Pro-Russian separatists in the breakaway region of Transnistria have asked Russia for "protection" from increasing pressure and an "economic blockade" by Chișinău. The discontinuation of customs exemptions for Transnistria at the start of this year has aggravated the situation there. Moscow has described the protection of the region as a priority. Is there a real threat of annexation?

Putin may repeat his Donbas strategy

Rzeczpospolita fears Russia will take the same approach as it did in the Donbas:

“The situation in the Transnistrian Moldovan Republic, which is not recognised by any state in the world, is becoming increasingly similar to that in Ukraine's Donbas region shortly before the Russian aggression in February 2022, when the self-proclaimed republics of Donetsk and Luhansk called on Vladimir Putin to first recognise their independence and then 'accept them as part of the Russian Federation'. A repeat of this scenario in the Republic of Moldova in the next few days cannot be ruled out.”

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Second front unlikely

La Stampa doubts Moscow will intervene right now:

“The congress of deputies of Transnistria, Moldova's unrecognised pro-Russian entity, did not call for the Kremlin to take over immediately, as many local representatives and some international observers thought it would do. The assembly merely asked Moscow for 'help', without specifying what form that help should take. ... But it seems unlikely that Vladimir Putin would announce the annexation of the Moldovan enclave during his annual address today, opening a second front in his war to restore the Soviet empire.”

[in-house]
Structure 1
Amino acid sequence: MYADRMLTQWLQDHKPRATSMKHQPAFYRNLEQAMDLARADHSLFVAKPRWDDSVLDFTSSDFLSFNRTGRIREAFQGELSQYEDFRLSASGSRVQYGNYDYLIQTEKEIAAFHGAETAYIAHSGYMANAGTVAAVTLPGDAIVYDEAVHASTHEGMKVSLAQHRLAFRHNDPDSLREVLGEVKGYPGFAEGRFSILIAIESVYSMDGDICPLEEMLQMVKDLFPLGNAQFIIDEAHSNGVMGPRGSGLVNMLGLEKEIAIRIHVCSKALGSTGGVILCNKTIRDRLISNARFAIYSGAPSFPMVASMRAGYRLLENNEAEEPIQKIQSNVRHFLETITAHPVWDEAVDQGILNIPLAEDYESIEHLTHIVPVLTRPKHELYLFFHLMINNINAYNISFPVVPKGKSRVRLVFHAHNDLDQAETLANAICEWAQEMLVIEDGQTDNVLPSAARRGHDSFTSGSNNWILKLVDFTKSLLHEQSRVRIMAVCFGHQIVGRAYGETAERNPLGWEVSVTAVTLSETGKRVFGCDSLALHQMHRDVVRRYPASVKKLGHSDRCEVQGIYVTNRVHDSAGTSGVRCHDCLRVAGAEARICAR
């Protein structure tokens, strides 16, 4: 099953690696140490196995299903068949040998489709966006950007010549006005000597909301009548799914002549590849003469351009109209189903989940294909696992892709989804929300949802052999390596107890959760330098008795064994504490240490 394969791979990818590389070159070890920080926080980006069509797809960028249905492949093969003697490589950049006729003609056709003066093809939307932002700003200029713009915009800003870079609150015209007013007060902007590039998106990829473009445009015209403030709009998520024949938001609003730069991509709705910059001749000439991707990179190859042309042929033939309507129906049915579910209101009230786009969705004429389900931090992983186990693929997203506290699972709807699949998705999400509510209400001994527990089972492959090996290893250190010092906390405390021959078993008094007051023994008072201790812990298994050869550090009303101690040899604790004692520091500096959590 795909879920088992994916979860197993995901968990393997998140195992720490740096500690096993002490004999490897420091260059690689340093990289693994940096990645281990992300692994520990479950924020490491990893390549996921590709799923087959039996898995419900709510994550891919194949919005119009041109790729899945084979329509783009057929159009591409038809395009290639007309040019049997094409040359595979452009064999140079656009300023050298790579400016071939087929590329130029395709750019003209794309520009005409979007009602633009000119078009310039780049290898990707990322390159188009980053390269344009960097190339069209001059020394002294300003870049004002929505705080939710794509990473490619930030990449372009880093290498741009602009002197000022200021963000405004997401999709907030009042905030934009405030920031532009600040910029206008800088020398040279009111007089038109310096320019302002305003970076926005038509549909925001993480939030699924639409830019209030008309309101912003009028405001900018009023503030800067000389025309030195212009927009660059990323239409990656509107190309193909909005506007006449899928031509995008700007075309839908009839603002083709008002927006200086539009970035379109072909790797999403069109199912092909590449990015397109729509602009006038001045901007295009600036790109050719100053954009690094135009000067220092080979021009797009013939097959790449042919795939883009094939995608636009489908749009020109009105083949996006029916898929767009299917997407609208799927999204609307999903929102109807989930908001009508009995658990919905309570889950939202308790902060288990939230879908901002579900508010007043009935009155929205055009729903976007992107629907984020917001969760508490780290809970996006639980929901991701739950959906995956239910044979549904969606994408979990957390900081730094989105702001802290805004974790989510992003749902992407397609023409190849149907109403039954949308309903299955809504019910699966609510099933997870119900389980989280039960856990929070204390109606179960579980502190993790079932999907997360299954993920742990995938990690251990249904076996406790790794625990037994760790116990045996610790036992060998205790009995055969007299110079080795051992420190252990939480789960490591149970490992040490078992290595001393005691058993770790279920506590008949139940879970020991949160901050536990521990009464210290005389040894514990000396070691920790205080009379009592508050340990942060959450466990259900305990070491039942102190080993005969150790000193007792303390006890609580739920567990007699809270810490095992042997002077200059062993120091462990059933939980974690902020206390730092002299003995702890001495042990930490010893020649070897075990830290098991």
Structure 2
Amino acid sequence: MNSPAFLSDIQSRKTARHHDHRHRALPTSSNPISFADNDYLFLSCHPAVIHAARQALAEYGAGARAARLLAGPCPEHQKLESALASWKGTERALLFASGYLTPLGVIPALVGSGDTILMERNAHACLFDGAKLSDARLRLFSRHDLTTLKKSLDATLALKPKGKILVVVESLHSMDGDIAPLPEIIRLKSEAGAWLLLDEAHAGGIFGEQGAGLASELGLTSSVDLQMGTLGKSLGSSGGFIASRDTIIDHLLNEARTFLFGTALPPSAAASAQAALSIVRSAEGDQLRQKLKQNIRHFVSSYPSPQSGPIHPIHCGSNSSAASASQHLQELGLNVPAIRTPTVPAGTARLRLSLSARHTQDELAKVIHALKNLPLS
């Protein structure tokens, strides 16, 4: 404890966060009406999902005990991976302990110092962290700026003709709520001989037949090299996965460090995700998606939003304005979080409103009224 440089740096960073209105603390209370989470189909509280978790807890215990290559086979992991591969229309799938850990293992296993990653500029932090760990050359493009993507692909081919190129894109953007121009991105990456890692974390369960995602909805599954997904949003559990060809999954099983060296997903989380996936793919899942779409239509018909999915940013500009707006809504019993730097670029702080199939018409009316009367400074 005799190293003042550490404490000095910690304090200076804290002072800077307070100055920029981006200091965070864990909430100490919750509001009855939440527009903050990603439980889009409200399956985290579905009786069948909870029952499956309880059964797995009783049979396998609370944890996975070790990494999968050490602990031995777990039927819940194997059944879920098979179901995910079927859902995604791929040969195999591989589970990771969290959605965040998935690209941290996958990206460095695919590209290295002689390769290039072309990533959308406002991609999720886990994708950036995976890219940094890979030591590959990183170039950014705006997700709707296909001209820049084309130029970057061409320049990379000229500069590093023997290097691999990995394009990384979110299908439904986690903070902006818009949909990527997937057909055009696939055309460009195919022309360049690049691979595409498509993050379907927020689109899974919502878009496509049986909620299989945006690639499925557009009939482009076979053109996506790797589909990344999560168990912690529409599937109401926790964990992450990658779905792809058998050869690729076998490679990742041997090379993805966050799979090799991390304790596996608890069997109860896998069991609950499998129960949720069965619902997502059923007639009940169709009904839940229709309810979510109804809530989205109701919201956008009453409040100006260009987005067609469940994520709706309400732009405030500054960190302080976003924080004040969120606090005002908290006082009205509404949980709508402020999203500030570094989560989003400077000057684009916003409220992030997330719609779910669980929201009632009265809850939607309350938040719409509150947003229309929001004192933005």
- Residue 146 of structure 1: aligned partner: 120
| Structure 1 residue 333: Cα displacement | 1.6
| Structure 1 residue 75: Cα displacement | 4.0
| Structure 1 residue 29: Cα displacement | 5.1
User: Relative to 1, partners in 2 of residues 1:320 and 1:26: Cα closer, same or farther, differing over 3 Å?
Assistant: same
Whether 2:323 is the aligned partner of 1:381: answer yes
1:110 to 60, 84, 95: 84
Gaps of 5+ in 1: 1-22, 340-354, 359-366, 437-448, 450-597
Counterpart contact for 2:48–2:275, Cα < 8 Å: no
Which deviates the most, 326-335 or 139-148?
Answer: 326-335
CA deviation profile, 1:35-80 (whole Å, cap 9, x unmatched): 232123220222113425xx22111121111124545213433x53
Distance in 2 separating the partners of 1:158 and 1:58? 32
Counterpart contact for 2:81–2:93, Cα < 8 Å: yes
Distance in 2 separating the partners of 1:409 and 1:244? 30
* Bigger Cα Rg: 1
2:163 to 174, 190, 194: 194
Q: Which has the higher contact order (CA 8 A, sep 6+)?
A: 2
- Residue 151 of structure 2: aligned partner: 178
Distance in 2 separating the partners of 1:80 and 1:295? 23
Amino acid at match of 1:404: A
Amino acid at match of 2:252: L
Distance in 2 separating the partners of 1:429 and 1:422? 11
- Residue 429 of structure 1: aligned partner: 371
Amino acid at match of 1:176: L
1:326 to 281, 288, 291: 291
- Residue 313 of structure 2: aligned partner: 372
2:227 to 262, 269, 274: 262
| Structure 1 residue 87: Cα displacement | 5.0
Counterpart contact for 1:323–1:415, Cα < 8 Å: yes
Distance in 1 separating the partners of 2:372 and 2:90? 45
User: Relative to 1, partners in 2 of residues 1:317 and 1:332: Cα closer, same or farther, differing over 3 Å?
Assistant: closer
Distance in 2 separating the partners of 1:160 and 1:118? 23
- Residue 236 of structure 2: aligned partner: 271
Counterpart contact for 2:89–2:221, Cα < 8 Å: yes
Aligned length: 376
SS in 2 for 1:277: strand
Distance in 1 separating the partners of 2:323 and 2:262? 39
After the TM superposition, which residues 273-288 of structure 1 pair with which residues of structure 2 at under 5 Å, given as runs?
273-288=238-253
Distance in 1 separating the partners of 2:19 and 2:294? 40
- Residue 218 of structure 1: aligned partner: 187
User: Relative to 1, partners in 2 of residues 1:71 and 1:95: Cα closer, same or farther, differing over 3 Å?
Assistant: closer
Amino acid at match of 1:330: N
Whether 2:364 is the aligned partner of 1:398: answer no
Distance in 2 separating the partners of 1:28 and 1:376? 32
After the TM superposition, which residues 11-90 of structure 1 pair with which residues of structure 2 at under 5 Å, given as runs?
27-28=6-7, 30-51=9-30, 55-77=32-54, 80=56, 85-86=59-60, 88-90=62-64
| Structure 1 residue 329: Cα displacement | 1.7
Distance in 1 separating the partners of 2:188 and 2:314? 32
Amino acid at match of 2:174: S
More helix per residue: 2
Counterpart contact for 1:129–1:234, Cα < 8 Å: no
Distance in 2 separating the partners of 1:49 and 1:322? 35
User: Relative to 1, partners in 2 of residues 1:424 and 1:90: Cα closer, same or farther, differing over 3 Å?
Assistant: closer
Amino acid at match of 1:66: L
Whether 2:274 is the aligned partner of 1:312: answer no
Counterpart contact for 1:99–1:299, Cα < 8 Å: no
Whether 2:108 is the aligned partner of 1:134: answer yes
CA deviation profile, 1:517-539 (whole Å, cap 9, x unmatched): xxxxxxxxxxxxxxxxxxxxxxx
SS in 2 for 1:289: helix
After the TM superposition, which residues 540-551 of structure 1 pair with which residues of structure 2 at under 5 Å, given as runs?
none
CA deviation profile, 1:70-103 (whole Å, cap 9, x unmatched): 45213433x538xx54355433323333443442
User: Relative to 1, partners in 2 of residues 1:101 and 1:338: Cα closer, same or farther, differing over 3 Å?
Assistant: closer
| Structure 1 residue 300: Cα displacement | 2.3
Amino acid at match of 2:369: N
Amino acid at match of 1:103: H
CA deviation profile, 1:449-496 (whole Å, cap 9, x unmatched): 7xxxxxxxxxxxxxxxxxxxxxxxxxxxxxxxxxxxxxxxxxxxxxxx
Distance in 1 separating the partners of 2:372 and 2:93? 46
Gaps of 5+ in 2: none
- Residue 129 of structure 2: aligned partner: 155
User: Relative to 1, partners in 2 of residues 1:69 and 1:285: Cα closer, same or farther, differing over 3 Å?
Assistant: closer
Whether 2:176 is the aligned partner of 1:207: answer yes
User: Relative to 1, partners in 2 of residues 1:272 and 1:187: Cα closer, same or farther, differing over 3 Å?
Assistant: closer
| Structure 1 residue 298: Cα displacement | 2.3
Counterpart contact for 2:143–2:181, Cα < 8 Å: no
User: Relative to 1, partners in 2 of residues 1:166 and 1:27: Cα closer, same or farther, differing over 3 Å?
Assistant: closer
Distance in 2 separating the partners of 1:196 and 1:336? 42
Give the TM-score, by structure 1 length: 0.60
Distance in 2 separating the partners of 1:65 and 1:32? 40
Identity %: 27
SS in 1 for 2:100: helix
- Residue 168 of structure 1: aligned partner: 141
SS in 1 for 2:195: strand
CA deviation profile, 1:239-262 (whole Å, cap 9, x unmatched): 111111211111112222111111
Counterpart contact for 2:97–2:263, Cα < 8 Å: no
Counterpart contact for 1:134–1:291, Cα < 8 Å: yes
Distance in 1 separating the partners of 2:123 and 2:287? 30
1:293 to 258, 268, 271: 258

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Oligarchs will keep the Kremlin out

From an economic perspective, Transnistria has no interest in a Russian intervention, writes political scientist Laurențiu Pleșca in Agora.md:

“These rumours, often started by the so-called authorities in Tiraspol and amplified by Russian media channels, serve several purposes, but rarely have direct legal consequences. The reality is that the de facto administration in Transnistria, first and foremost the Sheriff conglomerate owned by Viktor Gușhan [a former KGB agent], controls political processes in the region. Gușhan's flourishing business in Tiraspol and the revenues he generates from exports to the EU run very much counter to any desire for the region to become part of Russia.”

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Unspecific demands

The separatists fear being forced into closer ties again with the Republic of Moldova for economic reasons, according to Deutsche Welle:

“In the adopted resolution, Tiraspol criticises Chișinău and tries to maintain the fiction of an 'economic blockade' by the constitutional administration in Chișinău and asks Russia for help without being precise about what it actually expects from Moscow. A few hours before the meeting in Tiraspol, the separatist regime's press wrote that 'the assembly will probably ask Russia to increase funding for Transnistria' to avoid having to join the Republic of Moldova. A short time later this information disappeared. ... It is also worth mentioning that the Russian flag was absent from the meeting in Tiraspol.”

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